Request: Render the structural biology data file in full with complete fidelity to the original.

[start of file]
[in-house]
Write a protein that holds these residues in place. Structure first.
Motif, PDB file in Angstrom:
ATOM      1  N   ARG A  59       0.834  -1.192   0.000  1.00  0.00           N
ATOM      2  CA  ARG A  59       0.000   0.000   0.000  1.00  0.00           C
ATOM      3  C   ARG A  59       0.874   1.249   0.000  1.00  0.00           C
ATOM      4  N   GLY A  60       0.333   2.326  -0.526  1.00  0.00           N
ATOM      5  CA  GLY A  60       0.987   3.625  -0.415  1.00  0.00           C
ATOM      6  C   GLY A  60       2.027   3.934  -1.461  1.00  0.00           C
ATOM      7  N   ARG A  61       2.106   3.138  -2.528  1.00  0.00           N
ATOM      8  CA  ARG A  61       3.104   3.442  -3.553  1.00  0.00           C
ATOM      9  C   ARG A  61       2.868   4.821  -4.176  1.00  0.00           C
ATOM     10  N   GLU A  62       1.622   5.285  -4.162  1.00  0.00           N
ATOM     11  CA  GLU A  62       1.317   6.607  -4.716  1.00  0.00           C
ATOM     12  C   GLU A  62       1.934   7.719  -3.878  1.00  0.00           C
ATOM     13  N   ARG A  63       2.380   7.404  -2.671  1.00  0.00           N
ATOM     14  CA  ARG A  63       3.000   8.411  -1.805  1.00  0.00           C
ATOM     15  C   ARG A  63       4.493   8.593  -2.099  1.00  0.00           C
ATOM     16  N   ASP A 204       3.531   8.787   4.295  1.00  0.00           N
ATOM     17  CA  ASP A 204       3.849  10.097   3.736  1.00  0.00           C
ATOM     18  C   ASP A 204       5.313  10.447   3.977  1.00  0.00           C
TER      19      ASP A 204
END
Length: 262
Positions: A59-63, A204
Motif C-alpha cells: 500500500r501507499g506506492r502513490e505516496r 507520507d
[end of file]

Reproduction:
[in-house]
Write a protein that holds these residues in place. Structure first.
Motif, PDB file in Angstrom:
ATOM      1  N   ARG A  59       0.834  -1.192   0.000  1.00  0.00           N
ATOM      2  CA  ARG A  59       0.000   0.000   0.000  1.00  0.00           C
ATOM      3  C   ARG A  59       0.874   1.249   0.000  1.00  0.00           C
ATOM      4  N   GLY A  60       0.333   2.326  -0.526  1.00  0.00           N
ATOM      5  CA  GLY A  60       0.987   3.625  -0.415  1.00  0.00           C
ATOM      6  C   GLY A  60       2.027   3.934  -1.461  1.00  0.00           C
ATOM      7  N   ARG A  61       2.106   3.138  -2.528  1.00  0.00           N
ATOM      8  CA  ARG A  61       3.104   3.442  -3.553  1.00  0.00           C
ATOM      9  C   ARG A  61       2.868   4.821  -4.176  1.00  0.00           C
ATOM     10  N   GLU A  62       1.622   5.285  -4.162  1.00  0.00           N
ATOM     11  CA  GLU A  62       1.317   6.607  -4.716  1.00  0.00           C
ATOM     12  C   GLU A  62       1.934   7.719  -3.878  1.00  0.00           C
ATOM     13  N   ARG A  63       2.380   7.404  -2.671  1.00  0.00           N
ATOM     14  CA  ARG A  63       3.000   8.411  -1.805  1.00  0.00           C
ATOM     15  C   ARG A  63       4.493   8.593  -2.099  1.00  0.00           C
ATOM     16  N   ASP A 204       3.531   8.787   4.295  1.00  0.00           N
ATOM     17  CA  ASP A 204       3.849  10.097   3.736  1.00  0.00           C
ATOM     18  C   ASP A 204       5.313  10.447   3.977  1.00  0.00           C
TER      19      ASP A 204
END
Length: 262
Positions: A59-63, A204
Motif C-alpha cells: 500500500r501507499g506506492r502513490e505516496r 507520507d